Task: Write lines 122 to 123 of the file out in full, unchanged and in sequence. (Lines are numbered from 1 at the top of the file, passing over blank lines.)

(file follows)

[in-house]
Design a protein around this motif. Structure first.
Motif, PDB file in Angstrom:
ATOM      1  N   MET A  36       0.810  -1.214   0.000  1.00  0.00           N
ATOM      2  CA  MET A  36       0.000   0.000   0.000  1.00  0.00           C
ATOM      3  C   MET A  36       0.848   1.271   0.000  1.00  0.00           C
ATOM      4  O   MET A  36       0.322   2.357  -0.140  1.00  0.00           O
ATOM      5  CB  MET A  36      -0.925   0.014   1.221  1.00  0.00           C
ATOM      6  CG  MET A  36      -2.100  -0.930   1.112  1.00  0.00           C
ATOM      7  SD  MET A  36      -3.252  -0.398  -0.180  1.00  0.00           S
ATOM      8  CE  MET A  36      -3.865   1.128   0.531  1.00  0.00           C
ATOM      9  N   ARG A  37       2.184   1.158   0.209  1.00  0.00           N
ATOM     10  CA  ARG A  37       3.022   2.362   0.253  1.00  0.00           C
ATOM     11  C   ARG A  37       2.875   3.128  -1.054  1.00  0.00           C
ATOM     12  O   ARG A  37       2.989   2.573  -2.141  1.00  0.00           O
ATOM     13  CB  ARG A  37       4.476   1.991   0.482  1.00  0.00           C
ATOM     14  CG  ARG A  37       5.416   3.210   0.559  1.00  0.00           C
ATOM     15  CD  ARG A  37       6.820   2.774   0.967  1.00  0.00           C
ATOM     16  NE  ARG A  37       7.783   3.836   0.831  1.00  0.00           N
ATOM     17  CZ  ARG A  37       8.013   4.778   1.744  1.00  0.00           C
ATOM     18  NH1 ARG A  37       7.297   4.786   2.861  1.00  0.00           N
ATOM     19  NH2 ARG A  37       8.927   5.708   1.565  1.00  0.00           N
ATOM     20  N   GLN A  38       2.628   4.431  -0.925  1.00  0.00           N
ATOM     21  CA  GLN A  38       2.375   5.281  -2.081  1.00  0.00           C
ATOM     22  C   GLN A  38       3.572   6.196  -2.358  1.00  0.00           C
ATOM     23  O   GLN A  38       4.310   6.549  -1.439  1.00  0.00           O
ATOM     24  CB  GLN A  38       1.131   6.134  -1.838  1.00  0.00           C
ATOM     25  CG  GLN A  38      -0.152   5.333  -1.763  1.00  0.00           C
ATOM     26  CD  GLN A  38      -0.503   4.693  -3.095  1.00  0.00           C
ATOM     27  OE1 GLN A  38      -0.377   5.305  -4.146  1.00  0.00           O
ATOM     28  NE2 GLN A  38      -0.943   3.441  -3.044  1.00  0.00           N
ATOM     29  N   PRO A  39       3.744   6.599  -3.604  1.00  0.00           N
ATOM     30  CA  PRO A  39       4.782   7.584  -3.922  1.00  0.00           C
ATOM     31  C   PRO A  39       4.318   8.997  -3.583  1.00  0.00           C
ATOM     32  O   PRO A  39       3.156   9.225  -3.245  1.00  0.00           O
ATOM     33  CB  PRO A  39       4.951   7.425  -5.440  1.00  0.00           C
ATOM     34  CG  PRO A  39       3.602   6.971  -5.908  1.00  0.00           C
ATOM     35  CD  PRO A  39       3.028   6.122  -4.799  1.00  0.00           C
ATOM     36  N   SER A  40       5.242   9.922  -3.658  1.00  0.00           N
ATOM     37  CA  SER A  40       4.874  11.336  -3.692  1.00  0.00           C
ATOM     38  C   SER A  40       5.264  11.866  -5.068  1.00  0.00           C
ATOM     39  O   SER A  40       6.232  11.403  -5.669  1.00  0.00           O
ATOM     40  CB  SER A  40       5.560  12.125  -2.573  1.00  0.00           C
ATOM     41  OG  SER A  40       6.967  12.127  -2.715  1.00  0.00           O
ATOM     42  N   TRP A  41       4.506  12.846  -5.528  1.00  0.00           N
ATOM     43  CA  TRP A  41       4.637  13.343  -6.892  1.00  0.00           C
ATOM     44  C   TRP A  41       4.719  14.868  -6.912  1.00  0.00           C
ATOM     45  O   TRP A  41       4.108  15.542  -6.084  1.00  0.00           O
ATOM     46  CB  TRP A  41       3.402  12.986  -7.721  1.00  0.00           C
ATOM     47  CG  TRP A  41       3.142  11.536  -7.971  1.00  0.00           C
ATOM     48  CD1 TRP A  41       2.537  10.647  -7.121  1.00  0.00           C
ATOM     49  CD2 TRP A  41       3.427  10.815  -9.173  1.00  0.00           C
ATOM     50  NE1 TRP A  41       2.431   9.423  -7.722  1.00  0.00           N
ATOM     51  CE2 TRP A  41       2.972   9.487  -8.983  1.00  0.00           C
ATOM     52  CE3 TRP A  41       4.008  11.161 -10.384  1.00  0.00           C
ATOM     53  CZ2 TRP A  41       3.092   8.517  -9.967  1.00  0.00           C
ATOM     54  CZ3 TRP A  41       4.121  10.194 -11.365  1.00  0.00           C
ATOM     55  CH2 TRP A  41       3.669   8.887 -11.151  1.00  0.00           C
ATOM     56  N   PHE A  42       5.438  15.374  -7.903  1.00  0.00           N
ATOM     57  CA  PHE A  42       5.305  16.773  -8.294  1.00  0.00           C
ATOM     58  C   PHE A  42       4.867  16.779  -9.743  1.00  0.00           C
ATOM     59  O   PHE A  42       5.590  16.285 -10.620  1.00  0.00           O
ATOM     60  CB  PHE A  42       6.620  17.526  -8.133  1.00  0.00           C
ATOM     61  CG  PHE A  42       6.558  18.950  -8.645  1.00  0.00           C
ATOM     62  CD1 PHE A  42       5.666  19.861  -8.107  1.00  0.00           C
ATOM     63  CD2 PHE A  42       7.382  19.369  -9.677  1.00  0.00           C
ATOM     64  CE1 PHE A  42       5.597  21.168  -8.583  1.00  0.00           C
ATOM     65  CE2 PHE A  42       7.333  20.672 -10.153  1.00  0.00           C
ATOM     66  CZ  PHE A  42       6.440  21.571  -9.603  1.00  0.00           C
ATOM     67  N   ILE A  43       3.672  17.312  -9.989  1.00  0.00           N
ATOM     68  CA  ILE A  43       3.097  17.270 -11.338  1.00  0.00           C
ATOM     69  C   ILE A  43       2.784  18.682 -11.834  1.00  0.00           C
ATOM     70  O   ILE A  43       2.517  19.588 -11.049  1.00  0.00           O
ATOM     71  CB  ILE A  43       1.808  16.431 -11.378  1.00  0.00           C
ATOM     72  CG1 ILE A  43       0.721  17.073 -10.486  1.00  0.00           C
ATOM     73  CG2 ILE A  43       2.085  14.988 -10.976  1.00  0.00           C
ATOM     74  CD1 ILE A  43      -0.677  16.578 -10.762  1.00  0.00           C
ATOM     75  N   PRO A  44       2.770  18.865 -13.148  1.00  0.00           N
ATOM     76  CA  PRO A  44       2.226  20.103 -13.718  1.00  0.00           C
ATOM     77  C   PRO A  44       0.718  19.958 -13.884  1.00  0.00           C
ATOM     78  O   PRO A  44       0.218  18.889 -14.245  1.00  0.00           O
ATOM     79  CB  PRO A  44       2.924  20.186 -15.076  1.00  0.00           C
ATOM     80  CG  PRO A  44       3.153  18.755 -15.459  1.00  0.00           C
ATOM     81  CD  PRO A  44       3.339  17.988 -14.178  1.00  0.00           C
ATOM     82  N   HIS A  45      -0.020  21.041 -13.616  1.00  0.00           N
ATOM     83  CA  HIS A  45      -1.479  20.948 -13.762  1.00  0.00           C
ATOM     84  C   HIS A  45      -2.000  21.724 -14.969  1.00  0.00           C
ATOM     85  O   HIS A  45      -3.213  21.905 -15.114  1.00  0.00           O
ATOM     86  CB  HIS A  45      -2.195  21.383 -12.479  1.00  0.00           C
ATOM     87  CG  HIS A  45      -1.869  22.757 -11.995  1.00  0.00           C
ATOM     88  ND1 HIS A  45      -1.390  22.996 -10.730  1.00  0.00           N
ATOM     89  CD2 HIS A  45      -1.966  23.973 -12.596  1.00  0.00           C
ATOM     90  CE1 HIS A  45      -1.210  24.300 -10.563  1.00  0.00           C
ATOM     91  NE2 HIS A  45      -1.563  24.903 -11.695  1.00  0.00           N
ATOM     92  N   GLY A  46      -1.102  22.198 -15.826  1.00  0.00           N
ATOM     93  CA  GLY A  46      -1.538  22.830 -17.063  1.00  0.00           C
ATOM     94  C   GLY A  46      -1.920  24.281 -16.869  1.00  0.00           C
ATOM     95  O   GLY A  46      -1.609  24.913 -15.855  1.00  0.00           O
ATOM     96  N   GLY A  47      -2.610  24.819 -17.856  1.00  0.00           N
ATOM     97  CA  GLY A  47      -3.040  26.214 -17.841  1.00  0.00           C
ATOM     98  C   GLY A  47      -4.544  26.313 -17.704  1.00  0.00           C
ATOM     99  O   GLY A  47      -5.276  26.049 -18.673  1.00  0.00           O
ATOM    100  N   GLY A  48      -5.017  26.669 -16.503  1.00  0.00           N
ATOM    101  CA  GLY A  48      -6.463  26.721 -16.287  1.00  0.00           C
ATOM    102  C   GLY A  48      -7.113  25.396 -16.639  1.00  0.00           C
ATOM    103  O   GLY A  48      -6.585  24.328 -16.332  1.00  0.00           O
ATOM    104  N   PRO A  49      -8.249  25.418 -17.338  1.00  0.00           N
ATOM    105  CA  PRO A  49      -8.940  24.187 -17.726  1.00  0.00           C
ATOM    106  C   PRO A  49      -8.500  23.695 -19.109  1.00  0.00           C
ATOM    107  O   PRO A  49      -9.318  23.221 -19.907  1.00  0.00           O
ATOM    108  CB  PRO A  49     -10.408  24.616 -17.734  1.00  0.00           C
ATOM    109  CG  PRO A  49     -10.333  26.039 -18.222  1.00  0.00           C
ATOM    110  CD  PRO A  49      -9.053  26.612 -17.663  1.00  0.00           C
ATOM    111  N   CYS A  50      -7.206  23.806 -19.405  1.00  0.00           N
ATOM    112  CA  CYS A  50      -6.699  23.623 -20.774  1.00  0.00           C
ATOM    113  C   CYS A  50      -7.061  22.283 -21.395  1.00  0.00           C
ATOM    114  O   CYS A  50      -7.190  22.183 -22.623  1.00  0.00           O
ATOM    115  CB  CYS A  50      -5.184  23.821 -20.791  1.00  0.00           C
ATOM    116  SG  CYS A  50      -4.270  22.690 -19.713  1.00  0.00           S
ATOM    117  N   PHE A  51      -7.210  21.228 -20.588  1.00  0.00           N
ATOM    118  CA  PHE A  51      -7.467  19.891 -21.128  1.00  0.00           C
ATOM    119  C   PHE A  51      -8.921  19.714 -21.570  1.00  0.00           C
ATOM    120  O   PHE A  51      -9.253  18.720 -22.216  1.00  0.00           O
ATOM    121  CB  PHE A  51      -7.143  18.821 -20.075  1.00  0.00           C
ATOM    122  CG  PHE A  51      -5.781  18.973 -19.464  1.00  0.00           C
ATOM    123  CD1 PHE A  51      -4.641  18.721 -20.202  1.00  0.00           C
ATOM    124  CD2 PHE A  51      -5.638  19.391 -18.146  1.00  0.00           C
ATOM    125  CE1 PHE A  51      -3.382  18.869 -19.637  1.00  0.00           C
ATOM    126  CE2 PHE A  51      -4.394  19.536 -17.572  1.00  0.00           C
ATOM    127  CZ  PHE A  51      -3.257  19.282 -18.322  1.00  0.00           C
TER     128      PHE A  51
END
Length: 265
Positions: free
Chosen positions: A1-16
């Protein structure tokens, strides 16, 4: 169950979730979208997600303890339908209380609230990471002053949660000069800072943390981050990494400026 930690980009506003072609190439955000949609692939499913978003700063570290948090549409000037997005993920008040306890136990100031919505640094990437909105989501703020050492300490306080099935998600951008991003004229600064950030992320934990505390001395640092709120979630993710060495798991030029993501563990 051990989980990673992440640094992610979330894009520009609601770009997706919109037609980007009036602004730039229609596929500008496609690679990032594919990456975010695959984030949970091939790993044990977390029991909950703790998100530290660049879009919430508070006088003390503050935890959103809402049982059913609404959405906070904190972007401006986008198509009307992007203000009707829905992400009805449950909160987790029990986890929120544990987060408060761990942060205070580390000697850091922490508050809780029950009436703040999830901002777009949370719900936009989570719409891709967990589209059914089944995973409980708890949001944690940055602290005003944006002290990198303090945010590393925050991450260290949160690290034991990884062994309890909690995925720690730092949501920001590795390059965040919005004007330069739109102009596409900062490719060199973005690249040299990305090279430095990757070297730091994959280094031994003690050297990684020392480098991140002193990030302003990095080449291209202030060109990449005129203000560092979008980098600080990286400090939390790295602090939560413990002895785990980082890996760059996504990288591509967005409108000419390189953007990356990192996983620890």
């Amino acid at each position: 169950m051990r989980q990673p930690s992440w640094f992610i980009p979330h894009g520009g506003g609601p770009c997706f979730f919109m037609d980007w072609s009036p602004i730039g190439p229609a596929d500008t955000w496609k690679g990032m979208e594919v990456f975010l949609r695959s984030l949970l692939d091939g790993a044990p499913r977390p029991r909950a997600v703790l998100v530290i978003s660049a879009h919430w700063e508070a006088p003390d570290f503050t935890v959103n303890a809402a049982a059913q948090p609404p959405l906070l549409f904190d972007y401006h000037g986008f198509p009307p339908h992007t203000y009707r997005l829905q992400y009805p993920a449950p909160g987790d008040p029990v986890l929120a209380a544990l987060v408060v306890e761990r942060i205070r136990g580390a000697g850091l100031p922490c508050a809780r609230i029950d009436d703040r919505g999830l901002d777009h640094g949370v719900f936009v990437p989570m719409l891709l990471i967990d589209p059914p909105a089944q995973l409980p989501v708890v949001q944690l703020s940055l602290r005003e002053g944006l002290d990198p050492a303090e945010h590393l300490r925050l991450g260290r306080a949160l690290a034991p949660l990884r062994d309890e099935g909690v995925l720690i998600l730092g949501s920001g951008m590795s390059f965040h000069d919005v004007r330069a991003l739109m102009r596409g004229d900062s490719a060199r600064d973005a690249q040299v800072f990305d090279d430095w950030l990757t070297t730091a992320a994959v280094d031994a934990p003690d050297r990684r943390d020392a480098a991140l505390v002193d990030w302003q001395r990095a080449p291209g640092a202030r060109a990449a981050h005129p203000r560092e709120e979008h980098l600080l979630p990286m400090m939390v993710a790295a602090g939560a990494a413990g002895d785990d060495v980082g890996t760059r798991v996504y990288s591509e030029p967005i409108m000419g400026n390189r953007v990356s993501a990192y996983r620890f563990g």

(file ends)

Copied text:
ATOM    119  C   PHE A  51      -8.921  19.714 -21.570  1.00  0.00           C
ATOM    120  O   PHE A  51      -9.253  18.720 -22.216  1.00  0.00           O